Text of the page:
St. James’ Park has been (the name of) Newcastle United’s home ground since the club’s foundation in 1892 from the merger of Newcastle West End and Newcastle East End.
Until Mike Ashley bought the club in 2007, a full 115 years later, it would have been unthinkable to see the stadium renamed, yet Mike Ashley wasted little time in doing exactly this. Under the guise of wanting to grow commercial income, the stadium was renamed first to “[email protected]’Park” and later to “Sports Direct Arena”, in order to “showcase” his primary business interest Sports Direct to the world wide Premier League audience.
On the fateful day that Mike Ashley announced his decision to ‘take Newcastle United off the market’, he also announced additional devastating news about plans to sell the stadium’s naming rights (27 October 2009):
“The club aims to maximise its commercial revenues; this includes(…) welcoming offers for the stadium naming rights for next season.”
Source: The Guardian
The announcement that the stadium naming rights to St. James’ Park were up for sale immediately caused a lot of unrest among Newcastle United fans. Derek Llambias’ ‘assurance’ that the name St. James Park would not be lost and the club’s history would be respected did little to quell fans worries (3 November 2009):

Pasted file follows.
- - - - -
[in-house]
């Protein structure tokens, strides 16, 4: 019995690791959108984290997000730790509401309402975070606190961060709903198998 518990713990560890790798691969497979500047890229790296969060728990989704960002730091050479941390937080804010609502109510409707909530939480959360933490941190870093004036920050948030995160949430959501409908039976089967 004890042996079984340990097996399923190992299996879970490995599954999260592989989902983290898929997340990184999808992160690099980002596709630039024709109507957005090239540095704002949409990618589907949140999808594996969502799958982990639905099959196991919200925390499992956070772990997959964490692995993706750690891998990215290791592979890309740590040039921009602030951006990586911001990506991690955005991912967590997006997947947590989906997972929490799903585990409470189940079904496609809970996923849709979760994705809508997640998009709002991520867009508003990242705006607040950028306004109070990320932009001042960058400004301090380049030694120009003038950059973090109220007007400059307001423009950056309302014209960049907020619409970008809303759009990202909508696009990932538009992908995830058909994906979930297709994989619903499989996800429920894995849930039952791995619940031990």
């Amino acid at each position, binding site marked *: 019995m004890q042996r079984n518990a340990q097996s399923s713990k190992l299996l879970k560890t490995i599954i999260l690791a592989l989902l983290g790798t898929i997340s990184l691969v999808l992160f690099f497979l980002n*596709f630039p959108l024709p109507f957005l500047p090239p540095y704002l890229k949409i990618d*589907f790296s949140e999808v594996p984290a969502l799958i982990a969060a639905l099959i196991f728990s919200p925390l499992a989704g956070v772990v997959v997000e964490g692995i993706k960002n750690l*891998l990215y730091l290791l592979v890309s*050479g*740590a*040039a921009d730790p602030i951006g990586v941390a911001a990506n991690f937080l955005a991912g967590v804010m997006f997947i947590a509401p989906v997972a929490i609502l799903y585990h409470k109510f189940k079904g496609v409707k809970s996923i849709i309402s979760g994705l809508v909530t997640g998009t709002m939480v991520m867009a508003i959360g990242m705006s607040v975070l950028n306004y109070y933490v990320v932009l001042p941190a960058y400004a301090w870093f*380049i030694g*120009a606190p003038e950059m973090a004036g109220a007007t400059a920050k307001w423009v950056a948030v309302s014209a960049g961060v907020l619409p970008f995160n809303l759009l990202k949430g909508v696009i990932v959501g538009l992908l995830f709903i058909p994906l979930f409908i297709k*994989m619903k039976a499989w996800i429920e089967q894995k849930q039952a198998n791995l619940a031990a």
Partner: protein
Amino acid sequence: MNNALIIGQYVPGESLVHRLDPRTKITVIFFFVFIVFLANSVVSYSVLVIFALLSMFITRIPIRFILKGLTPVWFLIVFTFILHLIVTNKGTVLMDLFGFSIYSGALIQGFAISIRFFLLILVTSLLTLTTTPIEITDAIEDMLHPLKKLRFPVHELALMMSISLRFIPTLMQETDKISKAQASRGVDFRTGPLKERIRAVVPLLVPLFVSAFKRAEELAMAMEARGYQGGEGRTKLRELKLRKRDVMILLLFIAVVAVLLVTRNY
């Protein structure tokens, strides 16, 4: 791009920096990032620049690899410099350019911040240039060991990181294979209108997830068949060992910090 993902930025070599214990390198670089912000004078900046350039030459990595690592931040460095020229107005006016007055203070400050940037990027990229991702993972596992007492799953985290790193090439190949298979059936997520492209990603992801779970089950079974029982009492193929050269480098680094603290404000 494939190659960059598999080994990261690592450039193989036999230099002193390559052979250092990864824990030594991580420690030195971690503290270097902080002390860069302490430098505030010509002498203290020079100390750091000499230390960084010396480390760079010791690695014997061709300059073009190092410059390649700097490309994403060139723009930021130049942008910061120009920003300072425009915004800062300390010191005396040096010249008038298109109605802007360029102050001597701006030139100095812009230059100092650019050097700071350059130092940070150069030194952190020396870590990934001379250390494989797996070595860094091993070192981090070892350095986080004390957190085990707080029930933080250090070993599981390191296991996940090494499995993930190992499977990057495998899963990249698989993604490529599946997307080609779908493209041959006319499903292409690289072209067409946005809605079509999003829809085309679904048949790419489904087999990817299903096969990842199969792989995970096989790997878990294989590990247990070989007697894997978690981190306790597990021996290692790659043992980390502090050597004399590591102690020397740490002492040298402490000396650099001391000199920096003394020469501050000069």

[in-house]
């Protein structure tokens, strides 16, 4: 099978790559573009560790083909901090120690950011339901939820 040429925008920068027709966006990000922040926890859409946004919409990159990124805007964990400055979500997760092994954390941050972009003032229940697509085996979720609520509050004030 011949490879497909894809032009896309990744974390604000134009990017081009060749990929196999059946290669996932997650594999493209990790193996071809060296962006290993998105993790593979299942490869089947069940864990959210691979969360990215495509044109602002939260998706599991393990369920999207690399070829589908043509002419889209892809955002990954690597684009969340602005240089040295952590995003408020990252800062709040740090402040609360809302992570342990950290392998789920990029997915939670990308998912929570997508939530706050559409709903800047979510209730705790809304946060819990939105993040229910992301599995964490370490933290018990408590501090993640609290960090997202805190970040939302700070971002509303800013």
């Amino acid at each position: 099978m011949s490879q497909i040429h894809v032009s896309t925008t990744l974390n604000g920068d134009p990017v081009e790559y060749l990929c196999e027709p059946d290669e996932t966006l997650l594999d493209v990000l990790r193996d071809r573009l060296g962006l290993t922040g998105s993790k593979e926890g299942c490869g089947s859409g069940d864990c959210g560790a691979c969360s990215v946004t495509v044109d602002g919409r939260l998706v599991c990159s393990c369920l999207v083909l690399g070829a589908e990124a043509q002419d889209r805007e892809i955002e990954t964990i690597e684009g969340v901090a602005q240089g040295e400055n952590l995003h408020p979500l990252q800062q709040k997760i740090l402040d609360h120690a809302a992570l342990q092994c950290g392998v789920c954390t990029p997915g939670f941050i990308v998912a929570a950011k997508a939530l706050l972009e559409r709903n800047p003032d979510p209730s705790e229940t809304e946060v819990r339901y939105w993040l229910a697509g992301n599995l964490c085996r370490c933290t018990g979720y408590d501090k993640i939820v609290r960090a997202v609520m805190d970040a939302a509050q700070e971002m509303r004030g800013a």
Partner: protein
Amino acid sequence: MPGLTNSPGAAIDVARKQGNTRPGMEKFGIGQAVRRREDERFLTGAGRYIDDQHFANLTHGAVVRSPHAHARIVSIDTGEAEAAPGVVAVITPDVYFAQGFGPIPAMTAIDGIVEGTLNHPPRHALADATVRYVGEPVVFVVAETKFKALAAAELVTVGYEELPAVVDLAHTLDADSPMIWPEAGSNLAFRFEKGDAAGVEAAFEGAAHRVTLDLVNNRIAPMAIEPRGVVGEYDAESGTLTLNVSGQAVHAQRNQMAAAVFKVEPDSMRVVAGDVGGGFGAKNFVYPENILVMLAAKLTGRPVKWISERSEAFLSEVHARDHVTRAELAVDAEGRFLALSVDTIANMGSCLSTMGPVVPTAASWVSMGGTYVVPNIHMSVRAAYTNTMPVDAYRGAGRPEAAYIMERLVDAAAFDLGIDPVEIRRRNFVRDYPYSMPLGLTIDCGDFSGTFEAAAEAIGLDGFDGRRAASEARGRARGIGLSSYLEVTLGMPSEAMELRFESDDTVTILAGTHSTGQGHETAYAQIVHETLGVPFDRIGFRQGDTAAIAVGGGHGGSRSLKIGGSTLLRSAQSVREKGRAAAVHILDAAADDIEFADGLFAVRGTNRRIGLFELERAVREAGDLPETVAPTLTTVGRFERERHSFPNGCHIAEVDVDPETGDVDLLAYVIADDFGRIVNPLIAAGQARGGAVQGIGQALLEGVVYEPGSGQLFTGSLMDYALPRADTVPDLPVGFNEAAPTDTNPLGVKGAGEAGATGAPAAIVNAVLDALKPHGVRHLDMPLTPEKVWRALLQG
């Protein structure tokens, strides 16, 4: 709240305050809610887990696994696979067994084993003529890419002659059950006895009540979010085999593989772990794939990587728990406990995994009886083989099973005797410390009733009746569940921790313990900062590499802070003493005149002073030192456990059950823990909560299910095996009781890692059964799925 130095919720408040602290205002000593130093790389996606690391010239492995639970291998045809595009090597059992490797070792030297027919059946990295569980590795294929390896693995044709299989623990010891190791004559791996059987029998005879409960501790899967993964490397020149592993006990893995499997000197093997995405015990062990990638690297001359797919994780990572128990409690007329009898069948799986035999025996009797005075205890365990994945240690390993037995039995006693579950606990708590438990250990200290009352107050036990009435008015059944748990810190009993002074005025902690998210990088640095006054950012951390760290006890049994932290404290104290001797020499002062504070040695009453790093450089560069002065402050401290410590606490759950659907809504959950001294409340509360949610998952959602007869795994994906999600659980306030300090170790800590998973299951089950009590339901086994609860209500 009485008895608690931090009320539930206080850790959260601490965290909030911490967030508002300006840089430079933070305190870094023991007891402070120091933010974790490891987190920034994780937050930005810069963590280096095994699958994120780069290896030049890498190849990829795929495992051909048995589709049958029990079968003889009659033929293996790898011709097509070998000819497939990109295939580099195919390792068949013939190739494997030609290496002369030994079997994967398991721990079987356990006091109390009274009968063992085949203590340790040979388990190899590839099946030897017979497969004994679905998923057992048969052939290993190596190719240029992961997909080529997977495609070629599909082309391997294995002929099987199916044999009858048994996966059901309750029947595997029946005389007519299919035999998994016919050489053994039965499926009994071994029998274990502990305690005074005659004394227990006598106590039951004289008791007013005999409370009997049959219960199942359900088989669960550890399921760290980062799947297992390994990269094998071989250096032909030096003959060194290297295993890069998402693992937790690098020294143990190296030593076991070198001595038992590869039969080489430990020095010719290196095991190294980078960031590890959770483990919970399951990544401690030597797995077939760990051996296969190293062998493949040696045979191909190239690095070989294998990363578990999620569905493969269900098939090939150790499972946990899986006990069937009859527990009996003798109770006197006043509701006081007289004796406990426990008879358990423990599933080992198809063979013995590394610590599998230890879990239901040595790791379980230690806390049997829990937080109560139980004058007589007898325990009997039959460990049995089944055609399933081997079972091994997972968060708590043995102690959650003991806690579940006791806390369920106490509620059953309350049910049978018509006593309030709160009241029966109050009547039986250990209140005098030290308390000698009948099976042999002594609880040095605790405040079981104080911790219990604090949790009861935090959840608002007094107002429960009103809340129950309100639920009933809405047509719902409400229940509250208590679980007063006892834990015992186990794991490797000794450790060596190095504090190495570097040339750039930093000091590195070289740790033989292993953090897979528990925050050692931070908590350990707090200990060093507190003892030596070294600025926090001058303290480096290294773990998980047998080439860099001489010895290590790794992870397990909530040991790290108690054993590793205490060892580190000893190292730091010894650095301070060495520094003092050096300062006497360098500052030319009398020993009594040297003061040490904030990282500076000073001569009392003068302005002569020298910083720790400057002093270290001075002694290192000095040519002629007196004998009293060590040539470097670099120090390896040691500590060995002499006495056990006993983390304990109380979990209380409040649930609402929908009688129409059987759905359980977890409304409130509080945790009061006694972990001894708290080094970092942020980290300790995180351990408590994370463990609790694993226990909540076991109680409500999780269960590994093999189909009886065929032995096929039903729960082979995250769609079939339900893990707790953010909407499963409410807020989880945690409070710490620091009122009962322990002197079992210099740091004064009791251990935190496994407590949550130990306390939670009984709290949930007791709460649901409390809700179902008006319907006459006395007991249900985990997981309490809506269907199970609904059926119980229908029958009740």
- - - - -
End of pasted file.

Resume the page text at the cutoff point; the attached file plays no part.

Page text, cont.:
“Our intention is to have, for instance, [email protected]’Park. We were never going to lose St James’ Park, it was always going to be @StJames’Park.
“The Gallowgate has already got sportsdirect.com. We are going to follow that through and take it to the rest of the season as a showcase to whoever is out there who would like to buy the package.
“We know the history, it’s incredible history. There is an incredible passion with the fans and there is an ownership to it. So we understand St James’ Park – the history is wonderful. We are not trying to take that away, we are just trying to add something to the revenue and status of our club.”
Source: The Guardian
The very next day the announcement was made that St. James’ Park would be renamed to [email protected]’Park. Derek Llambias went on air again to explain the decision (4 November 2009):
“We will showcase Sports Direct until the end of the season. I’m sure we’re going to get a sponsor in for next season.
(…) Asked if the name “St James’ Park” would always remain amid an angry response from fans, Llambias said: “Absolutely. In our reign, absolutely.
“It’s adding to it, and if it brings in a good chunk of money to the club, that goes straight to the team, then do you know what, it’s a revenue we should look at. Success, really, will heal the wounds, and time, a combination of both. We are patient people and I think the fans will come around eventually. I have no idea what length of time that will be – I may be a very old man before it’s done – but I think the fans will see in the future that we do care.”